Michelle A Emrick

University of Washington Seattle, Seattle, Washington, United States

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Publications (3)20.61 Total impact

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    ABSTRACT: Regulation of L-type calcium current is critical for the development, function, and regulation of many cell types. CaV1.2 channels that conduct L-type calcium currents are regulated by many protein kinases, but the sites of action of these kinases remain unknown in most cases. We combined mass spectrometry (LC-MS/MS) and whole-cell patch clamp techniques in order to identify sites of phosphorylation of CaVβ subunits in vivo and test the impact of mutations of those sites on CaV1.2 channel function in vitro. Using the CaV1.1 channel purified from rabbit skeletal muscle as a substrate for phosphoproteomic analysis, we found that Ser(193) and Thr(205) in the HOOK domain of CaVβ1a subunits were both phosphorylated in vivo. Ser(193) is located in a potential consensus sequence for casein kinase II, but it was not phosphorylated in vitro by that kinase. In contrast, Thr(205) is located in a consensus sequence for cAMP-dependent phosphorylation, and it was robustly phosphorylated in vitro by PKA. These two sites are conserved in multiple CaVβ subunit isoforms, including the principal CaVβ subunit of cardiac CaV1.2 channels, CaVβ2b. In order to assess potential modulatory effects of phosphorylation at these sites separately from effects of phosphorylation of the α11.2 subunit, we inserted phosphomimetic or phosphoinhibitory mutations in CaVβ2b and analyzed their effects on CaV1.2 channel function in transfected nonmuscle cells. The phosphomimetic mutation CaVβ2b(S152E) decreased peak channel currents and shifted the voltage dependence of both activation and inactivation to more positive membrane potentials. The phosphoinhibitory mutation CaVβ2b(S152A) had opposite effects. There were no differences in peak CaV1.2 currents or voltage dependence between the phosphomimetic mutation CaVβ2b(T164D) and the phosphoinhibitory mutation CaVβ2b(T164A). However, calcium-dependent inactivation was significantly increased for the phosphomimetic mutation CaVβ2b(T164D). This effect was subunit-specific, as the corresponding mutation in the palmitoylated isoform, CaVβ2a, had no effect. Overall, our data identify two sites of conserved phosphorylation of the HOOK domain of CaVβ subunits in vivo and reveal differential modulatory effects of phosphomimetic mutations in these sites. These results reveal a new dimension of regulation of CaV1.2 channels through phosphorylation of the HOOK domains of their β subunits. Copyright © 2015. Published by Elsevier Ltd.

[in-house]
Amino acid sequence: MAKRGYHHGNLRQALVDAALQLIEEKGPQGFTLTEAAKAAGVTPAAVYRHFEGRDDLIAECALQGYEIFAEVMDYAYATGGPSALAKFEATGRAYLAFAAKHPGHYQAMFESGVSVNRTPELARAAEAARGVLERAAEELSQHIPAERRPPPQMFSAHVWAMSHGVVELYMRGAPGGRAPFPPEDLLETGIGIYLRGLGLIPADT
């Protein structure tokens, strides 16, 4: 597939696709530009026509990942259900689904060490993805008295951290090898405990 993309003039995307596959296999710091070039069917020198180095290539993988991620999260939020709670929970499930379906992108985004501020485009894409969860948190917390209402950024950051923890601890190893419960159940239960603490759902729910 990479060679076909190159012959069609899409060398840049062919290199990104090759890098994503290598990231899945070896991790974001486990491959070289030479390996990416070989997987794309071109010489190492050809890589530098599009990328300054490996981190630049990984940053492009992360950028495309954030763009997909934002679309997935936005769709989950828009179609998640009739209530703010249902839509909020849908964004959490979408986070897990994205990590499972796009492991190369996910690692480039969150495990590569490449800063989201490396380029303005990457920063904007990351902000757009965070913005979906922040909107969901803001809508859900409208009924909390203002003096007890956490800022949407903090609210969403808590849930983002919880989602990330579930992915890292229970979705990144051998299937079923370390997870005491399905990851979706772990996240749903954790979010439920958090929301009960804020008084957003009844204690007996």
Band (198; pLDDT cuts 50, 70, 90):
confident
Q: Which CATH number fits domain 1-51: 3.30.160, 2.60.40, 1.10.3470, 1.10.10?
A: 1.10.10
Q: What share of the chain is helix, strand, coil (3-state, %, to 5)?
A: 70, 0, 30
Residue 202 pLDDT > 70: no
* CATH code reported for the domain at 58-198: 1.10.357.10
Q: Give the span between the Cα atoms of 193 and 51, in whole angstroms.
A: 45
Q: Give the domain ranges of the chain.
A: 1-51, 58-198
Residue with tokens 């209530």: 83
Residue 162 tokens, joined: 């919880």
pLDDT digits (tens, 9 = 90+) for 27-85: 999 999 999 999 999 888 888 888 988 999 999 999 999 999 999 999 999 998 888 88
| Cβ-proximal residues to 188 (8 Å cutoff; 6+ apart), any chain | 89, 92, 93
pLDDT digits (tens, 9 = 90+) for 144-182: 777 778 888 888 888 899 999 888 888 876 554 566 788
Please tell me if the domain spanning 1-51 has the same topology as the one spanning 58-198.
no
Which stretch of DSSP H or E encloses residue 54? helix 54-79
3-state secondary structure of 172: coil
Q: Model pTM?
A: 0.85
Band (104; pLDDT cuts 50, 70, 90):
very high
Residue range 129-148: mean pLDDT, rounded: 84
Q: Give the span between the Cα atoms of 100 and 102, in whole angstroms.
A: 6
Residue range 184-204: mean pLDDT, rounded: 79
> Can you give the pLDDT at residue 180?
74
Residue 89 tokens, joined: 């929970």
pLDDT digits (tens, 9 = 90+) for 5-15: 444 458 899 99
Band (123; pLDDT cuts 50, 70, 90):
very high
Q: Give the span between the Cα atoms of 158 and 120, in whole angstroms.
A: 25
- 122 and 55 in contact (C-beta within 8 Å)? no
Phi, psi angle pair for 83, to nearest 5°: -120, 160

Journal of Molecular and Cellular Cardiology 08/2015; DOI:10.1016/j.yjmcc.2015.08.006 · 4.66 Impact Factor